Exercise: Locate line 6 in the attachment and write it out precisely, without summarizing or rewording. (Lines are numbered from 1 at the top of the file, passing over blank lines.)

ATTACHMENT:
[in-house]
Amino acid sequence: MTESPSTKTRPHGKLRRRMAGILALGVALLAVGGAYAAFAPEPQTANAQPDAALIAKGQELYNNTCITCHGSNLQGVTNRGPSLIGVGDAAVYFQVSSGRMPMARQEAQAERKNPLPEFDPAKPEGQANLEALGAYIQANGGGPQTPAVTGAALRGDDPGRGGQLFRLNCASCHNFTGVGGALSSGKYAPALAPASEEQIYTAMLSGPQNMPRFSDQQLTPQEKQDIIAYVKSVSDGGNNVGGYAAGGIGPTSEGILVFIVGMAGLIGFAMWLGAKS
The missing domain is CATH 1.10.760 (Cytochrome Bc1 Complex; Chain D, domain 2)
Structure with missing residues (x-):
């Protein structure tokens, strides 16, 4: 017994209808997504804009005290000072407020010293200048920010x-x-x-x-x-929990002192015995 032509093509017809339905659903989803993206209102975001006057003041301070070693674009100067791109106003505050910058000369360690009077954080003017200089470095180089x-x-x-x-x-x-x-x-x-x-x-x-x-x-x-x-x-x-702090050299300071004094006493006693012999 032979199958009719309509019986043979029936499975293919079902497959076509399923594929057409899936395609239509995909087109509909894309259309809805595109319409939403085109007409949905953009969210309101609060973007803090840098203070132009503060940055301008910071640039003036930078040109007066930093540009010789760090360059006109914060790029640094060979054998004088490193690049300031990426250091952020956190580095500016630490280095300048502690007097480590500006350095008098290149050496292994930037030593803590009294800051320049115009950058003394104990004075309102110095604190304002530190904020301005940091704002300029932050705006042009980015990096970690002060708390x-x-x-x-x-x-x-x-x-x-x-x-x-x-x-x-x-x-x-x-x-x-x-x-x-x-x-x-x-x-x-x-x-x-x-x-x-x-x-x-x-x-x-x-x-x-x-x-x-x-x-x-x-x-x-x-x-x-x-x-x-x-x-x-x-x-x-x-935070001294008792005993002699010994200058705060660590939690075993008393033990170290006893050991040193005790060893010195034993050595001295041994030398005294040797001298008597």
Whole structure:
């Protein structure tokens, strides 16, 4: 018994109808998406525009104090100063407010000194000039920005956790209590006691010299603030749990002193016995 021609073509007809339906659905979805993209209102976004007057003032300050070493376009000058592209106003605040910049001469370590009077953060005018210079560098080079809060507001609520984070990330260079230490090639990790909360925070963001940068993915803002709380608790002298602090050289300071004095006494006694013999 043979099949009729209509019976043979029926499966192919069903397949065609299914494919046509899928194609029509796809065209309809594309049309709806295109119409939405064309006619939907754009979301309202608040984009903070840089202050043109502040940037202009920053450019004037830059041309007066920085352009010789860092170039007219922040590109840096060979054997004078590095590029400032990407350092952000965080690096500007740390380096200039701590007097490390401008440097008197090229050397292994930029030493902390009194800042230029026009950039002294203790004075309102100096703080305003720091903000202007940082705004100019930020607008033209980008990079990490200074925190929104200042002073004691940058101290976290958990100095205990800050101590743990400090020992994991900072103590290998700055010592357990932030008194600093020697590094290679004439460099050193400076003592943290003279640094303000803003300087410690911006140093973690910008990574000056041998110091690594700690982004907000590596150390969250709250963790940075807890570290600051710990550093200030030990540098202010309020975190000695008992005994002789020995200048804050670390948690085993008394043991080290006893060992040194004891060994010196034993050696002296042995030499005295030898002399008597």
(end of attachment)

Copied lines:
Whole structure: